The Love Potion (Werewolf High Book Five), by Anita Oh

Author Anita Oh has been really good about getting the books in this series out quickly. As an author of my own trilogy (with the third part yet come), I am both impressed by her work ethic and jealous of her prolific nature. Though the gap between this fifth book in the series and its predecessor was longer than gaps between other books in the series, it wasn’t a problem at all to get back into the magical and snarky world of narrator Lucy O’Connor.

Let’s start with a brief recap of the series so far. Lucy attends the secluded, exclusive, possibly magical Amaris High. During her freshman year, the school fell under The Truth Spell, she was shrunk by The Tiny Curse, and she and rich, aloof Tennyson Wilde experienced The Body Swap. Residual effects between them lingered into sophomore year as they felt The Soul Bond. And this book picks up where that one left off.

While I try to keep my reviews spoiler-free, that’s hard to do when reviewing later books in a series. I kinda have to reveal some things from the previous books. You’ve been warned.

Here we have Lucy trying to learn how to be part of a werewolf pack with Tennyson, his sister Althea, their friend Nikolai, and Lucy’s childhood friend Sam. As a pack, they can sense each other’s presence in an instinctual manner. But Lucy also has a telepathic connection with Tennyson thanks to their bonding in the previous book, even though Lucy will eventually transform from a lycanthrope into…something else that we don’t know yet. Meanwhile, Lucy’s former roommate Hannah is still missing, and her new roommate Katie seems to have much information about everything going on, but she can(’t) be trusted. That’s because Lucy’s father is part of the bad-guy organization out to do…something. Oh, and there’s this other girl Olivia, who’s jealous of Lucy and mean to her because Lucy’s obviously stalking Tennyson.

But Lucy isn’t in love with Tennyson. Sure, they have that whole bond thing, but she loves Sam. As a YA love triangle trope, this one is played out well because it’s not like she’s waffling between the two of them. Her relationship with Tennyson is obviously complicated because of the swap then the bond, but in its paranormal way, it’s believable as a deep friendship developed between people who have shared a trauma. In exact opposition, her relationship with Sam is usually simple because it goes back to their childhood. I like this juxtaposition, and thus, I like the triangle.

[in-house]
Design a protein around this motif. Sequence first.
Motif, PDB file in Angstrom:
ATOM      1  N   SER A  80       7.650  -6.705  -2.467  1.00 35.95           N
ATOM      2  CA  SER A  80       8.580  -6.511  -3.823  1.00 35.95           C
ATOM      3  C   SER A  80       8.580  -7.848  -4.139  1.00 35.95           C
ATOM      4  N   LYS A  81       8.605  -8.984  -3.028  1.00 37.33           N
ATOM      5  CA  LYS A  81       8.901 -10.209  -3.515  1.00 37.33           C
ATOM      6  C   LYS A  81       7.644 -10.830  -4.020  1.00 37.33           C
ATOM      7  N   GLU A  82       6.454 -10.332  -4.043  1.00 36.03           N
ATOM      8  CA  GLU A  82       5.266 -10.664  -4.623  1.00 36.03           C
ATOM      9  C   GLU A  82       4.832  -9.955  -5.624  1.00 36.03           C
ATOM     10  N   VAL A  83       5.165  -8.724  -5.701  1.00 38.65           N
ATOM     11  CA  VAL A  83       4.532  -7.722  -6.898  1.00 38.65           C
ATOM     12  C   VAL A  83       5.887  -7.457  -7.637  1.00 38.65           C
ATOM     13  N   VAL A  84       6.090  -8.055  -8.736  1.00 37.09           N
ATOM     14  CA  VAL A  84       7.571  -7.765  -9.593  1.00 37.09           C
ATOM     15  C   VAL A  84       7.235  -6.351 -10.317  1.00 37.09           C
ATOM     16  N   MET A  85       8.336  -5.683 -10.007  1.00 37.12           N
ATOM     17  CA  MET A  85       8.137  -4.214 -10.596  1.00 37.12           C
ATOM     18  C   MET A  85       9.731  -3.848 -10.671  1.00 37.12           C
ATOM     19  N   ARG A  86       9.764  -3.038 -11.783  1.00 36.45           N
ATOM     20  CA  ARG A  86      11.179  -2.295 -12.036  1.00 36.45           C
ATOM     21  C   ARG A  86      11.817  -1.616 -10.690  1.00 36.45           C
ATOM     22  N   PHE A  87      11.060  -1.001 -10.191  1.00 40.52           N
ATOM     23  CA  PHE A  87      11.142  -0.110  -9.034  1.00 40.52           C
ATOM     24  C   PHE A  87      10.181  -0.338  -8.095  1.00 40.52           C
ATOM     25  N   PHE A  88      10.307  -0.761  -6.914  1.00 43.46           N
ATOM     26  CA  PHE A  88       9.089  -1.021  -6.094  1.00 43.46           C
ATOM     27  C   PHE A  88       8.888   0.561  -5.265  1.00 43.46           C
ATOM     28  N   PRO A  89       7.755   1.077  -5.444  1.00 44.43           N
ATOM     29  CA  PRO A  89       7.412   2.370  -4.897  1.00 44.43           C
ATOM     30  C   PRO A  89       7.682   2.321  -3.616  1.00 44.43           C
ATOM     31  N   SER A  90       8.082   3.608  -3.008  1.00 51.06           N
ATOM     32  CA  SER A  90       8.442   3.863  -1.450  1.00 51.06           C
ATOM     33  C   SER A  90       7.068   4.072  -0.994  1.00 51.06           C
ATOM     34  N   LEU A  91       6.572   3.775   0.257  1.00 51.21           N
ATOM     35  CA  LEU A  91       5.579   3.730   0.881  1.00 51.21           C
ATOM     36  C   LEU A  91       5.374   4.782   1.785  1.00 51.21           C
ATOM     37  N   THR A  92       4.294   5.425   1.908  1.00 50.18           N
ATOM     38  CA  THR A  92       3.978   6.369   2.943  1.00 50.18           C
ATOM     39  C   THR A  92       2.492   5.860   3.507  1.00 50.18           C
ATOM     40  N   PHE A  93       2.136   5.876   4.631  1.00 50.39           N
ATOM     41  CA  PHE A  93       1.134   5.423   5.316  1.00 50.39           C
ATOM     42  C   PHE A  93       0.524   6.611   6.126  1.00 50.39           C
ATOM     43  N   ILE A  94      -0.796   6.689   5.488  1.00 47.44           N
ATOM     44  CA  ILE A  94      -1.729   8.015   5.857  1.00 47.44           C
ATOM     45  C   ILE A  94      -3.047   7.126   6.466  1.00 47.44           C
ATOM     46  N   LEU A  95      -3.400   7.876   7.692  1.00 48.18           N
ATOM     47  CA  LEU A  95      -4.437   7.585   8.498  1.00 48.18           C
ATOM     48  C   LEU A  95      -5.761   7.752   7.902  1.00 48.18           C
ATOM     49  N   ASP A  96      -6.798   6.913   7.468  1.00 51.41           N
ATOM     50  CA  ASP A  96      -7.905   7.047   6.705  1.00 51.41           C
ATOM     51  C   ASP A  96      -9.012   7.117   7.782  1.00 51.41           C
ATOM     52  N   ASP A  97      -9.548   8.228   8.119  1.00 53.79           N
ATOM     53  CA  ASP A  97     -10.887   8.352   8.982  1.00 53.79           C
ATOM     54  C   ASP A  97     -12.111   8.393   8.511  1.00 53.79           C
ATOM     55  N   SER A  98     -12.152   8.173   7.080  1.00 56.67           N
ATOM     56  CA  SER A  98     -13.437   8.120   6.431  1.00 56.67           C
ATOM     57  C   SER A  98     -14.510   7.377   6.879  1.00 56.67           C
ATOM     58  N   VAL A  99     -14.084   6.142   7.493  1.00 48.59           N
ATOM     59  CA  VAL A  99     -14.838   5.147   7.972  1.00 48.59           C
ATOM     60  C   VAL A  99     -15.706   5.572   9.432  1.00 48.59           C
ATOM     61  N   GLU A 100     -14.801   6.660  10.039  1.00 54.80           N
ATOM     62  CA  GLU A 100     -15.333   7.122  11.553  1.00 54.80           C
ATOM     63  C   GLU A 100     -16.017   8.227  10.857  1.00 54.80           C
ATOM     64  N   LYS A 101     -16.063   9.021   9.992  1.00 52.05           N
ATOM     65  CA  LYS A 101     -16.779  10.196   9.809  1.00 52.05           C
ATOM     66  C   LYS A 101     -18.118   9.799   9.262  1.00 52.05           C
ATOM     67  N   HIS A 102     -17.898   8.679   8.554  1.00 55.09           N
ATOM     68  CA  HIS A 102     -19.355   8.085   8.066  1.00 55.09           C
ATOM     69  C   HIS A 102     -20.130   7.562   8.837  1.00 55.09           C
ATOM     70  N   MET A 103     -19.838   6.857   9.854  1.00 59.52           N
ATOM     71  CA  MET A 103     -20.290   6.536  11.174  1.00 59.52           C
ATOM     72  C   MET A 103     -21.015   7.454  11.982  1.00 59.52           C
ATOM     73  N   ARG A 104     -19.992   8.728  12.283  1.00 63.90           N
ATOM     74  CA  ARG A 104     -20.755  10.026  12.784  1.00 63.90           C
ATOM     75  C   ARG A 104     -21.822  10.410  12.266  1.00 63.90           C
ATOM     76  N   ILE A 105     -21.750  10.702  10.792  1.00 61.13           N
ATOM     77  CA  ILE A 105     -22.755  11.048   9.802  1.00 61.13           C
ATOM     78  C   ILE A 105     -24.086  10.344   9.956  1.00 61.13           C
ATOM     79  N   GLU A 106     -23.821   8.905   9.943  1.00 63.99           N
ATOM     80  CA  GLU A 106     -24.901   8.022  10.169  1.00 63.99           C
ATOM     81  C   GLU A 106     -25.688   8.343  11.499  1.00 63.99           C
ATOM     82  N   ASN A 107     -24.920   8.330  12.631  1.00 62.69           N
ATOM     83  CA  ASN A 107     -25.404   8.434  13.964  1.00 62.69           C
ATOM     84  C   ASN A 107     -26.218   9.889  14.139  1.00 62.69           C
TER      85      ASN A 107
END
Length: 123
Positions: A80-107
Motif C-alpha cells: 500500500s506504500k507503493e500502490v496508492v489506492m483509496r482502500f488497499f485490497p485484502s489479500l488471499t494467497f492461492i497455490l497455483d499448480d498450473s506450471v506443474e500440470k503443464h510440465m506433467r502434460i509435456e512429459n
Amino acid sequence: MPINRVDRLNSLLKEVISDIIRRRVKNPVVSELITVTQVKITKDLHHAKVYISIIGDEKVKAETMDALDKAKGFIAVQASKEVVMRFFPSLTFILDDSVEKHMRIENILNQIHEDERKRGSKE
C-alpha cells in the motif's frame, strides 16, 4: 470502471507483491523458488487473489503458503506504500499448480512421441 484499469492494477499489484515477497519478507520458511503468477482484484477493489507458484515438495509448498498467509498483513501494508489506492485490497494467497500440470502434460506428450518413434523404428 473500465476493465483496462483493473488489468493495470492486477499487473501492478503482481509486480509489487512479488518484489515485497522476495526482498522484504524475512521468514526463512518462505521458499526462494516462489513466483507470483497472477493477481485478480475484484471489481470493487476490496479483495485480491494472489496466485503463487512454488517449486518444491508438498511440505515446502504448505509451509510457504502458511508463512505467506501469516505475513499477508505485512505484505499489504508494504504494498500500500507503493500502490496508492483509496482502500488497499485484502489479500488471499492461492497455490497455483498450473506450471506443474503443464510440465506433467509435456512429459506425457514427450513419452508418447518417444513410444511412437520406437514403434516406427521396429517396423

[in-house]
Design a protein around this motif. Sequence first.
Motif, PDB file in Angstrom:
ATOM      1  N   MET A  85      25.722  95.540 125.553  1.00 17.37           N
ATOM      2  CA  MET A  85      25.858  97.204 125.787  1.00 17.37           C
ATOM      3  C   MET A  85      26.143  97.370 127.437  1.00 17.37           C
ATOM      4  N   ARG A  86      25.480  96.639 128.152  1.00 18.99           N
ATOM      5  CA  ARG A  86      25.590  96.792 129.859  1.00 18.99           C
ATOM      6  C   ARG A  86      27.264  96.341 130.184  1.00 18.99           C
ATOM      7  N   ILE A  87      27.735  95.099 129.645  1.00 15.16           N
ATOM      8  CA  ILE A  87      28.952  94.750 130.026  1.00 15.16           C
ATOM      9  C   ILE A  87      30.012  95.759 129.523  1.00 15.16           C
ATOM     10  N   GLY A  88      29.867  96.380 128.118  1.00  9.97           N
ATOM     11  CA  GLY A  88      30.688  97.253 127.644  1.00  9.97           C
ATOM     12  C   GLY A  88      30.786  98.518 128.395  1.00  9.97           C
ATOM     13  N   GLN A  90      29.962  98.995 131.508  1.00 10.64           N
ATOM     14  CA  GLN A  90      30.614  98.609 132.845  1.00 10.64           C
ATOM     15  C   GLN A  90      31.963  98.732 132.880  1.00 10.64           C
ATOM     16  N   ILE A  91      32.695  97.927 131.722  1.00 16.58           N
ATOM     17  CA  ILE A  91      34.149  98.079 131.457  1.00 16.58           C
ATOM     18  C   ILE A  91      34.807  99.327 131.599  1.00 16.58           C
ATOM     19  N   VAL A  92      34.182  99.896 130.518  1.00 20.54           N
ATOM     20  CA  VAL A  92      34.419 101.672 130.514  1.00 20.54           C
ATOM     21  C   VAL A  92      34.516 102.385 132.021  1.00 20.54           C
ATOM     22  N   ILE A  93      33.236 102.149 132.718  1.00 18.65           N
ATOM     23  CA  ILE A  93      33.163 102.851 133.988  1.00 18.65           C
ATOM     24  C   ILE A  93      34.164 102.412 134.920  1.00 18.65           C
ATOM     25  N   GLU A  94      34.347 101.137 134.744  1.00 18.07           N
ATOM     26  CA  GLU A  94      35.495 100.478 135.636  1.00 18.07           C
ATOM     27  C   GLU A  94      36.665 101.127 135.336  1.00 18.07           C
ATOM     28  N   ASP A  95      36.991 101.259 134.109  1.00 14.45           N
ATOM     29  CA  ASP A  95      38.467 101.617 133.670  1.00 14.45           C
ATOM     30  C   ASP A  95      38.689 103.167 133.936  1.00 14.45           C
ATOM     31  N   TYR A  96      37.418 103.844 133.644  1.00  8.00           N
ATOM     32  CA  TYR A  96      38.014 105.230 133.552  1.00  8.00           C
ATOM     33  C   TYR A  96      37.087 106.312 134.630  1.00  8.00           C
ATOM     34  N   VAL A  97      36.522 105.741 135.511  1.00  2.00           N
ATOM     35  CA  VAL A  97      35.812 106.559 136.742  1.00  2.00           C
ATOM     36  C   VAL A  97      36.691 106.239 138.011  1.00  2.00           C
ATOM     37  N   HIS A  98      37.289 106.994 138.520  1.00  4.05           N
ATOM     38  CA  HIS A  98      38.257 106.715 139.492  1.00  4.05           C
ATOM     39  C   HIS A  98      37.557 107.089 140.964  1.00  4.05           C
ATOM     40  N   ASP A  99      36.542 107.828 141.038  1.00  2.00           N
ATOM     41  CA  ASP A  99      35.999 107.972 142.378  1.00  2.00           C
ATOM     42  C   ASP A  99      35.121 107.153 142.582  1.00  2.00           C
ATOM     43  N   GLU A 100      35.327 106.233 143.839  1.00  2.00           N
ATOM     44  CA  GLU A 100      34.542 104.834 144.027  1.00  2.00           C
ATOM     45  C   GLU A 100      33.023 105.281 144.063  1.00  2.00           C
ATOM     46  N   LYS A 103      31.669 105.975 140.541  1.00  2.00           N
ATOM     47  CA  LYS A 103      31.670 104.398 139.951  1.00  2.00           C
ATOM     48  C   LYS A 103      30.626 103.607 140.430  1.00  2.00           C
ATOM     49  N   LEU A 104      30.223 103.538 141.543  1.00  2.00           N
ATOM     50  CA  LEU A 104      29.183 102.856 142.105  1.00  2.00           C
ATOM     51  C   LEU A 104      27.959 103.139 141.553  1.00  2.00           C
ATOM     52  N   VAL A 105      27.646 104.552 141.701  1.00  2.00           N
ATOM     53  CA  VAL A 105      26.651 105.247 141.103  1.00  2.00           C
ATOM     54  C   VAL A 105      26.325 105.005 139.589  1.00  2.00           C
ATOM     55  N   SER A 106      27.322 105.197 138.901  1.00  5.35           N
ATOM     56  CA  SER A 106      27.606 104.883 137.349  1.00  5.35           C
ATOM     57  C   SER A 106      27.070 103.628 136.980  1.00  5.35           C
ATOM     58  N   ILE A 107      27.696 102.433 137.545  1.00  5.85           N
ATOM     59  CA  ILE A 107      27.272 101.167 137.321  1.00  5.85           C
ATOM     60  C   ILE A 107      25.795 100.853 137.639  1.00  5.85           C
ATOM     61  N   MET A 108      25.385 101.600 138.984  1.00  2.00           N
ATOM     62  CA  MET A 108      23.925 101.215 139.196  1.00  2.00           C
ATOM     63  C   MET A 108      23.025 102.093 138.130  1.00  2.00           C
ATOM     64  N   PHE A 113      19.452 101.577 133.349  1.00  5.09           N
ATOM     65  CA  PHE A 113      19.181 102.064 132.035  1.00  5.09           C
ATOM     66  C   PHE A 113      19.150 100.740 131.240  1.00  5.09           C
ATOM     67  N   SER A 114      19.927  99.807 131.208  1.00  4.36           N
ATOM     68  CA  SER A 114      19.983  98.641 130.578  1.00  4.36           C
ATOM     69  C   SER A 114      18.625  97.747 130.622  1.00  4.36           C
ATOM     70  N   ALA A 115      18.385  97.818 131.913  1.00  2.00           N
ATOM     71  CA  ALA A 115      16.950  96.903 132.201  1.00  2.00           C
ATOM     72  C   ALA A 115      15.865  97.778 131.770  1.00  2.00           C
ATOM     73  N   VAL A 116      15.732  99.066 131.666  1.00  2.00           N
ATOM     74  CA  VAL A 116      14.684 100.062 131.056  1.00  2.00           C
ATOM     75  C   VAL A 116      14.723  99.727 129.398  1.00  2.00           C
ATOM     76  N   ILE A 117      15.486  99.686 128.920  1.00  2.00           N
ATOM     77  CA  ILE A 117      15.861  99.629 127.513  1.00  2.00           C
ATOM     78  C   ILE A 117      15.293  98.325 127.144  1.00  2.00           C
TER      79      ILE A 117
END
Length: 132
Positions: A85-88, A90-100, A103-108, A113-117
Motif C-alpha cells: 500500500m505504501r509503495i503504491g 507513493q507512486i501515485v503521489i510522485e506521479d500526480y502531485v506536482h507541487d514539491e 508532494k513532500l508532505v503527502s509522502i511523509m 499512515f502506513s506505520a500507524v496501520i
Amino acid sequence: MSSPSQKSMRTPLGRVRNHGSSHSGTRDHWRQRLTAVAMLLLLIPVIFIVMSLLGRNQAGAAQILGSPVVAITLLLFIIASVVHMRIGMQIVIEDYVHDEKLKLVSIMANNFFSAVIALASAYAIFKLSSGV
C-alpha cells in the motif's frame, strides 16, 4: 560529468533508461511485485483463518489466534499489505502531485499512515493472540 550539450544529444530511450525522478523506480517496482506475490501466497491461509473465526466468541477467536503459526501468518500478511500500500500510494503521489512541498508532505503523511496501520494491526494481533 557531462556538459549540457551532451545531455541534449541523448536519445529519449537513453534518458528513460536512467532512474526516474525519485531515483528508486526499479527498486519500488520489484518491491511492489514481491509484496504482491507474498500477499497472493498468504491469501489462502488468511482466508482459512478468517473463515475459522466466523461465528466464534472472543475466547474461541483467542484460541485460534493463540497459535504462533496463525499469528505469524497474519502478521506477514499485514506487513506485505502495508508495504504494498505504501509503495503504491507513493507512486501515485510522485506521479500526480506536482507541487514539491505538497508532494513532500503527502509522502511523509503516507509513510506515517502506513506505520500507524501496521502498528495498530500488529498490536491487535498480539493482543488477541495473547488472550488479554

Then the titular love potion throws an unexpected wrench in the gear shaft. I won’t spoil the details except to say that Lucy is the unwilling recipient of the potion, and the recipient of her undying love really complicates matters. However, I’m torn on how this particular plot device works.

On the good side, I liked the interplay between Lucy and the object of her affection. I liked how it interfered with her relationship with at least one other character. And I really liked how different Oh’s version of a love potion was than the expected—it wasn’t instant, it wasn’t over the top. Instead, it’s a slow internal build that really wreaks havoc on Lucy’s ability to think clearly. The narration at these times, especially when she was close to him, was extremely well done.

But it took a good chunk of the first half of the book (about 40%, according to my Kindle) for the love potion to finally appear. The fifth book in a series shouldn’t need that much setup to get to the initial incident. Sure, there are important things happening before then, but Lucy being affected by the potion is what starts the rest of the plot rolling. Also, I wasn’t quite sold on the motivation of the character who used the love potion, making me question why Lucy had to remain affected as long as she did instead of it being to complicate the main plot.

And it does complicate the plot, which was fine. There’s intrigue, suspense, and action in the nefarious plans of Lucy’s nefarious father. Katie’s role as potential informant—without us knowing her true loyalties—was also handled well. So this was an enjoyable installment in the series, and I look forward to the next part because the endgame isn’t yet clear.

So like previous parts, the characters and their relationships are the strengths of the book. Some of the plot beats and the climax work well, but other parts would require some more of the potion to make me love them. That being said, I give The Love Potion THREE AND A HALF STARS.

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The Love Potion is available at Amazon.

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